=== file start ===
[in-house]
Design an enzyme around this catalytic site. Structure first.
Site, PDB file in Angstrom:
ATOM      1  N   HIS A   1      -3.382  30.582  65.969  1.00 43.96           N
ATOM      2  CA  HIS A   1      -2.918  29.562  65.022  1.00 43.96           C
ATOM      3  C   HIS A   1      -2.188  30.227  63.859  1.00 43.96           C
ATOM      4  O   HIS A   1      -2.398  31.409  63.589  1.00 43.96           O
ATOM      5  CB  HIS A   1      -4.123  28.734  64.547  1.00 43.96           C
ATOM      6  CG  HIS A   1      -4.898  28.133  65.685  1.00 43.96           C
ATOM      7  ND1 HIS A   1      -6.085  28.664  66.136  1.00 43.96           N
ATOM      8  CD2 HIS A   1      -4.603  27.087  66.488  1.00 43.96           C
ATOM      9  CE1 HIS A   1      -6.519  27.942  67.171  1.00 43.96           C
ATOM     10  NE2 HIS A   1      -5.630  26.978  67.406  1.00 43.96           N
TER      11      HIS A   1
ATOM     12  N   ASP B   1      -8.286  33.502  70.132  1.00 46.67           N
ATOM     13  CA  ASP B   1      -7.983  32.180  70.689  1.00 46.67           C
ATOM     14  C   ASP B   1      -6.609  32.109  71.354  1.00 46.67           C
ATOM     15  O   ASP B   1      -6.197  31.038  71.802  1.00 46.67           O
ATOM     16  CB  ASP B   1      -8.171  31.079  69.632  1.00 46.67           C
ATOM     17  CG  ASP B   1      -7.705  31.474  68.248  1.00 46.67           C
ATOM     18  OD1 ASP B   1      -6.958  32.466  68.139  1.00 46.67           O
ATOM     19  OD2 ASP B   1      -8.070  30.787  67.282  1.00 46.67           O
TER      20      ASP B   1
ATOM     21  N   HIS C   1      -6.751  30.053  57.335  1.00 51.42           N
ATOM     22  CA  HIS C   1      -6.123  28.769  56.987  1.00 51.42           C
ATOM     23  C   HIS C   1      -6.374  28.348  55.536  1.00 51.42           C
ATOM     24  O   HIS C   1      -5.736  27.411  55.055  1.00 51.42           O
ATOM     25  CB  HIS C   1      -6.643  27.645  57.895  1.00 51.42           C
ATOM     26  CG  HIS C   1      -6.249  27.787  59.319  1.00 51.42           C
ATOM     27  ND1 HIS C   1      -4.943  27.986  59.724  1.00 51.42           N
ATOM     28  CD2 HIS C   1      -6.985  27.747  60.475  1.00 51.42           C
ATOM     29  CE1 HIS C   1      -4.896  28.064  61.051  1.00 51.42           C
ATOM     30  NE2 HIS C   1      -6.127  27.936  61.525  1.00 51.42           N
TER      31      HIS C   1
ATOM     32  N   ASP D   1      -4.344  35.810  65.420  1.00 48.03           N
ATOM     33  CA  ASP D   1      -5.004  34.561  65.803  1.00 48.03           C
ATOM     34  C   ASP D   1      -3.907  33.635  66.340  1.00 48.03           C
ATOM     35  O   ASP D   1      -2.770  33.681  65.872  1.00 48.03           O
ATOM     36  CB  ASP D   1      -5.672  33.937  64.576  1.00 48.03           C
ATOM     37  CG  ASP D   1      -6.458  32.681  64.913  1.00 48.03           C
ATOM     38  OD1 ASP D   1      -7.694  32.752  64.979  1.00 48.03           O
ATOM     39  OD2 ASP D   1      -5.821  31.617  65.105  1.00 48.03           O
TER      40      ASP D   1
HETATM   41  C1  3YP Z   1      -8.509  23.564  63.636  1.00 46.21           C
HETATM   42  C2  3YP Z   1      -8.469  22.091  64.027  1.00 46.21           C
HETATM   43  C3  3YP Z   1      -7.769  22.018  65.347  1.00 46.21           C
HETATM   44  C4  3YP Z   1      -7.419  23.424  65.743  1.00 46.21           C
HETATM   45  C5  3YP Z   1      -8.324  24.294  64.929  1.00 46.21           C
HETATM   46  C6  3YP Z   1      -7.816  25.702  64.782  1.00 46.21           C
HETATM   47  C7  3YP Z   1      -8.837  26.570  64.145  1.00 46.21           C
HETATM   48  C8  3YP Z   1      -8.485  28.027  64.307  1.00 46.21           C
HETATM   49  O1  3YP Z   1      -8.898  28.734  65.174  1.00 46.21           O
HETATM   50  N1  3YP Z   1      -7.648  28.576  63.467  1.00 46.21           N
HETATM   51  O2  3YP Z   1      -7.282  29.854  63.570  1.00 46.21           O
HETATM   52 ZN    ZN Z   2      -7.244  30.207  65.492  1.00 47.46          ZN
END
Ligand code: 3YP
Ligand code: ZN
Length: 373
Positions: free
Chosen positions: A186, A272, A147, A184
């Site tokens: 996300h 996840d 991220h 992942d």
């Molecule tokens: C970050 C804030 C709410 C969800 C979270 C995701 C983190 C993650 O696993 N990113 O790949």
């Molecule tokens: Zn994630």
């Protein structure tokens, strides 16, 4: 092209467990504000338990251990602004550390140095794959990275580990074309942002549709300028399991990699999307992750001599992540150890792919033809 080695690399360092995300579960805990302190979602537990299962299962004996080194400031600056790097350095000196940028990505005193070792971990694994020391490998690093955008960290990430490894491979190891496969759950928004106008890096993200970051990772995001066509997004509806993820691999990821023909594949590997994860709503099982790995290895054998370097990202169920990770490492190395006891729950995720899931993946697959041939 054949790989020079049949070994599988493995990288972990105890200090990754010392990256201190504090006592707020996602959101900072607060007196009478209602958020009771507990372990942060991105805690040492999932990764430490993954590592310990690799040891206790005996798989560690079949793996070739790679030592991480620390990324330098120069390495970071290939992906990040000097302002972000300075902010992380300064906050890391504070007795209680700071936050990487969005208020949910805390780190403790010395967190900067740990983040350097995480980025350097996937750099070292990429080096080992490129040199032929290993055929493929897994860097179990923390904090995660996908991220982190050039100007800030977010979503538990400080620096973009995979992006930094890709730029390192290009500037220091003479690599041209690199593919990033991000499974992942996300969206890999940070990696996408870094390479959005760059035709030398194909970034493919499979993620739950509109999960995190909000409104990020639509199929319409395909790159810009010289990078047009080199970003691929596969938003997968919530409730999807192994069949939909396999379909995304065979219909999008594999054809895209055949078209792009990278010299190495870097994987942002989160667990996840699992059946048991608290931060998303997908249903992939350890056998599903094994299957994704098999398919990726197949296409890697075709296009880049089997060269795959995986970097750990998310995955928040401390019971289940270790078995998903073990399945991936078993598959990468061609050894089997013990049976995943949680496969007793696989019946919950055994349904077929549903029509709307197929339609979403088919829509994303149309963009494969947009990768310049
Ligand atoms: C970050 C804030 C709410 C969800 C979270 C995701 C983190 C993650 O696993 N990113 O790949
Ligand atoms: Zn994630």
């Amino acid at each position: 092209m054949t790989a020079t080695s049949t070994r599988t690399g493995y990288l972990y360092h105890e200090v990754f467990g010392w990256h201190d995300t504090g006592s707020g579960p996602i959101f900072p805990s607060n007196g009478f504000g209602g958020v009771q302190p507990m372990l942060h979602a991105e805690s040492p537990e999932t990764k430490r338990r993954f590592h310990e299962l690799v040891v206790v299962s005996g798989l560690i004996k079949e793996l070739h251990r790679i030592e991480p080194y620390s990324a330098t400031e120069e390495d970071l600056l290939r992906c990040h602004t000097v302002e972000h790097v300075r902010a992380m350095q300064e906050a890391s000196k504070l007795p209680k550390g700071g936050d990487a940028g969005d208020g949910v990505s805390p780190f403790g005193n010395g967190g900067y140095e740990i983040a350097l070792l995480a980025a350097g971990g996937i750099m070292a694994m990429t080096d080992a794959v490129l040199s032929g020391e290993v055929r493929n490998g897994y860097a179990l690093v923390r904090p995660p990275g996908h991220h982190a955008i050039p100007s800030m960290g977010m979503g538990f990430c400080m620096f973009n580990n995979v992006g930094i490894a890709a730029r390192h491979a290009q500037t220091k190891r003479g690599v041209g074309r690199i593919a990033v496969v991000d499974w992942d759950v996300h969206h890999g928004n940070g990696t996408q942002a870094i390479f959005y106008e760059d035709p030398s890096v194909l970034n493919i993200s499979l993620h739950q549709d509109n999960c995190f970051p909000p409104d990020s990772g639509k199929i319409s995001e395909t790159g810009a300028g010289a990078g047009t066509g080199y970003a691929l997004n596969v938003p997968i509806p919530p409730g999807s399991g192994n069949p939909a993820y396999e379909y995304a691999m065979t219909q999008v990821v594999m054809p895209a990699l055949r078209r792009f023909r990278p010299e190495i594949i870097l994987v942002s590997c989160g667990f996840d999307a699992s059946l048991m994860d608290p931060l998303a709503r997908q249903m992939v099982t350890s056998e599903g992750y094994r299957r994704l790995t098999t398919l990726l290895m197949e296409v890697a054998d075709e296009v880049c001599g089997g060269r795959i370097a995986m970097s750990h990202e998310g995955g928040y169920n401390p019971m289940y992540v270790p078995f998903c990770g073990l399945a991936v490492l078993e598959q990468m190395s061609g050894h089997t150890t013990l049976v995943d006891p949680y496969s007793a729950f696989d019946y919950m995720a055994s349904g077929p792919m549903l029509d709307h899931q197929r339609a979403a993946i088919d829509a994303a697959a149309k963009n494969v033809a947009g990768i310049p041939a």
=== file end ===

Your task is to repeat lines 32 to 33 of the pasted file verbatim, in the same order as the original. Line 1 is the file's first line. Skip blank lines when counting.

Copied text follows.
ATOM     29  CE1 HIS C   1      -4.896  28.064  61.051  1.00 51.42           C
ATOM     30  NE2 HIS C   1      -6.127  27.936  61.525  1.00 51.42           N